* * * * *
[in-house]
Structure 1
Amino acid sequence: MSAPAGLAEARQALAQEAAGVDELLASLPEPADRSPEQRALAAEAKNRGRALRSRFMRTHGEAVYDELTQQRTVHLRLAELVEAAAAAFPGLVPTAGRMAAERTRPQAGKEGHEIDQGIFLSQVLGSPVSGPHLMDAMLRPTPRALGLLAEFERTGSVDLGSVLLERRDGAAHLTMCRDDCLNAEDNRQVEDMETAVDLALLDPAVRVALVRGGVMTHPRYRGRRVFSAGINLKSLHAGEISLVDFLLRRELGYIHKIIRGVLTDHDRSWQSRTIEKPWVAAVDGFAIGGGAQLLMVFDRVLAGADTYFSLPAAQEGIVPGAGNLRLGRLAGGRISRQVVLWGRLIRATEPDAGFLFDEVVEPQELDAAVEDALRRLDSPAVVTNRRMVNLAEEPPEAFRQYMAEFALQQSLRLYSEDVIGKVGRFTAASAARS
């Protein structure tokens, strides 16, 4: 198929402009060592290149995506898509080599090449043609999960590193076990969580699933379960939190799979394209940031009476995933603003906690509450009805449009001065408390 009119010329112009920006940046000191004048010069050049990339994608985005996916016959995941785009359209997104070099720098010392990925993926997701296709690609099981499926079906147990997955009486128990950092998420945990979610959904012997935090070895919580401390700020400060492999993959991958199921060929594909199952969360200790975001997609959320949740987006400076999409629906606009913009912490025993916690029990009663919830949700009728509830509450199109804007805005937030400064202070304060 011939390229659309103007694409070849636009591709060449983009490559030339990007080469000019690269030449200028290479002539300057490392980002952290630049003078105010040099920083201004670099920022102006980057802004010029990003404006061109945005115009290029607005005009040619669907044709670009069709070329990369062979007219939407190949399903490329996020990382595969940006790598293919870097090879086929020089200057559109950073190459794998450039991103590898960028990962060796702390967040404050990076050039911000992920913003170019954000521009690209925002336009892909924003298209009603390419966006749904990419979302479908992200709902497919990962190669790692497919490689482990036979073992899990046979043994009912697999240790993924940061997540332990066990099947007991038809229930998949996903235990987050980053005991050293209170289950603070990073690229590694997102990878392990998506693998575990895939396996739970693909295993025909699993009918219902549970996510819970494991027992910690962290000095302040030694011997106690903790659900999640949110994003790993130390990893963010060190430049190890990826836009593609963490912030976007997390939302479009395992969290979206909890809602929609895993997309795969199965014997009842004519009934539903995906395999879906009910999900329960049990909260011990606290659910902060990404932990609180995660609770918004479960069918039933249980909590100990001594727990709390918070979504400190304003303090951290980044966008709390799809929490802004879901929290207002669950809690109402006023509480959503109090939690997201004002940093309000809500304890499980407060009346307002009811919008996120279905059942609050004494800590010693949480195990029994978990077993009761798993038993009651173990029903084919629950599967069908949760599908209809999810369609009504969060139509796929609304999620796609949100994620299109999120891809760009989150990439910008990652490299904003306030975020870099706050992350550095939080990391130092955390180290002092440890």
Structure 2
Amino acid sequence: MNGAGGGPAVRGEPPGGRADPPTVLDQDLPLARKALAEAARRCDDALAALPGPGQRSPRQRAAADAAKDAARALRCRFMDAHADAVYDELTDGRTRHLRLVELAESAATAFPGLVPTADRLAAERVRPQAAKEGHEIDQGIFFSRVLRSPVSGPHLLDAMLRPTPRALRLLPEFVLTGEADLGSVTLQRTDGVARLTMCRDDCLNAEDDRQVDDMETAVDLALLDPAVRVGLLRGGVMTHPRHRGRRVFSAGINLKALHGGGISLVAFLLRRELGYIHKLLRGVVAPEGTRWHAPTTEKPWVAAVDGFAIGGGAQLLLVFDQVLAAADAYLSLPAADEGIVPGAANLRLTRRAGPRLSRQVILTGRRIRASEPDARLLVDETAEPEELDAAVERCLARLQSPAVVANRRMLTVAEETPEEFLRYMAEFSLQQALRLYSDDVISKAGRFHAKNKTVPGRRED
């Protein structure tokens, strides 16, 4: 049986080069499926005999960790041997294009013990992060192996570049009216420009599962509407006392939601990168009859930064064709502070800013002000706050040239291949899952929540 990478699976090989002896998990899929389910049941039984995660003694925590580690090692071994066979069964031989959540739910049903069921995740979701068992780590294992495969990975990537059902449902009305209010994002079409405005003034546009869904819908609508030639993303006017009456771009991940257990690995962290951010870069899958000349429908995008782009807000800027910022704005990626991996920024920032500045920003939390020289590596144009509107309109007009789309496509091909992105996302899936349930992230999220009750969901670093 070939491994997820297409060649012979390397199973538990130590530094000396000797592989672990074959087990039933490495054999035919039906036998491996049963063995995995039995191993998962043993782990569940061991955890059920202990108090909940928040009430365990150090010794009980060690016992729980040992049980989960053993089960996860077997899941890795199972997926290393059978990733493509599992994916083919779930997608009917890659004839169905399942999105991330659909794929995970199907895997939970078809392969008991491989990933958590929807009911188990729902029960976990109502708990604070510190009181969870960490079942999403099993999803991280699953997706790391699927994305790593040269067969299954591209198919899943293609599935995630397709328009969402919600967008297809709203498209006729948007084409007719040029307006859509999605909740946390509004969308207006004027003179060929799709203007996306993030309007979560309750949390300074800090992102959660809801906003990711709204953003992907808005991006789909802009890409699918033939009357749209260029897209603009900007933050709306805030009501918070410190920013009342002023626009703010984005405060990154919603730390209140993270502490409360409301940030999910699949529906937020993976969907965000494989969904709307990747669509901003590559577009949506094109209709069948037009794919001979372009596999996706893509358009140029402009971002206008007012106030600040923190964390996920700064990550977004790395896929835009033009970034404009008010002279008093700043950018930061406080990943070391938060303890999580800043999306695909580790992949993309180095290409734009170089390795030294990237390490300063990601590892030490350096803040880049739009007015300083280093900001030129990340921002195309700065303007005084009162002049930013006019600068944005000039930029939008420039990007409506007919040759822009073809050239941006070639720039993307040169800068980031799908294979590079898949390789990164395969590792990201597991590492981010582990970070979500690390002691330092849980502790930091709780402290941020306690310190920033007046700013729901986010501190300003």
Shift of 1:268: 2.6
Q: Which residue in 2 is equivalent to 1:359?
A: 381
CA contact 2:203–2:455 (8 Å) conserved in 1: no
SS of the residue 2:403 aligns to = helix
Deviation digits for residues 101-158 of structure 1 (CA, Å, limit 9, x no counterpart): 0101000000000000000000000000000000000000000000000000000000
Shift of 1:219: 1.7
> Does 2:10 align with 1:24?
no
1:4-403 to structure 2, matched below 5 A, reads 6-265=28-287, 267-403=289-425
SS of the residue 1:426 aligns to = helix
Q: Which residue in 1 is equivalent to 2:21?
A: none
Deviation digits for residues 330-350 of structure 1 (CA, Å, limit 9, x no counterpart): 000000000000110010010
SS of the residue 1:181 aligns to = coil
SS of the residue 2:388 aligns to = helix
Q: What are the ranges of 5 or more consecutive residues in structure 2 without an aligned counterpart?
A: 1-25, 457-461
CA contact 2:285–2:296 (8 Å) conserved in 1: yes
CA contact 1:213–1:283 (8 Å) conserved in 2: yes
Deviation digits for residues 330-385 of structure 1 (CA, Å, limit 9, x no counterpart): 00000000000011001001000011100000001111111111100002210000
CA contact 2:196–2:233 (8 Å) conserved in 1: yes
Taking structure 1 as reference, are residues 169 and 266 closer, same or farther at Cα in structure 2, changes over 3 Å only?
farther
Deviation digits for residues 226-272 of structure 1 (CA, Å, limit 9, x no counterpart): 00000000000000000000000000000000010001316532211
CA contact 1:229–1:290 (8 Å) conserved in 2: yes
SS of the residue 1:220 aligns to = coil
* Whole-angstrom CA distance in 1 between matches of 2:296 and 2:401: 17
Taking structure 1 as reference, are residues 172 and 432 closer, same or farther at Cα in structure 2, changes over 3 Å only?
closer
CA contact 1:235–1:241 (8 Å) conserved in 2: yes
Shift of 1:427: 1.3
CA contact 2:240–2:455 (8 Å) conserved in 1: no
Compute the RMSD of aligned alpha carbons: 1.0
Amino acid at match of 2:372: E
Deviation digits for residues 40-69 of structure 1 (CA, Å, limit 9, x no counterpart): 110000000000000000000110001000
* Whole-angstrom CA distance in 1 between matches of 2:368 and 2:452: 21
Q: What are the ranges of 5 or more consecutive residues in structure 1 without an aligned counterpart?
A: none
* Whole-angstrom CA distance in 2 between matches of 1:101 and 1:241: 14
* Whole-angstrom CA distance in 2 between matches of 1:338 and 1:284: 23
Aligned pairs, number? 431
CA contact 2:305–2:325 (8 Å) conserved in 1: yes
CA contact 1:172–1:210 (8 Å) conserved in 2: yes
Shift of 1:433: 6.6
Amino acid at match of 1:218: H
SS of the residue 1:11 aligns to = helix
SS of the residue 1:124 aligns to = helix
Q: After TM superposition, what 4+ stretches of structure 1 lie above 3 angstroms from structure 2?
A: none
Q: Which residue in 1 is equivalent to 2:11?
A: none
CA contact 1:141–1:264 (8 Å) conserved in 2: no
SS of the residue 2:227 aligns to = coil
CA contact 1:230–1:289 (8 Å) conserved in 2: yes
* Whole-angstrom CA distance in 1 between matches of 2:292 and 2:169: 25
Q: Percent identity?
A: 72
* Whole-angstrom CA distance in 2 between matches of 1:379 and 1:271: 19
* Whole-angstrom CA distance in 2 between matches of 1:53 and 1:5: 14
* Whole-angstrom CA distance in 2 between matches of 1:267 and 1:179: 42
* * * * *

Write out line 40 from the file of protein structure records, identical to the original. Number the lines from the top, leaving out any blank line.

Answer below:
CA contact 2:240–2:455 (8 Å) conserved in 1: no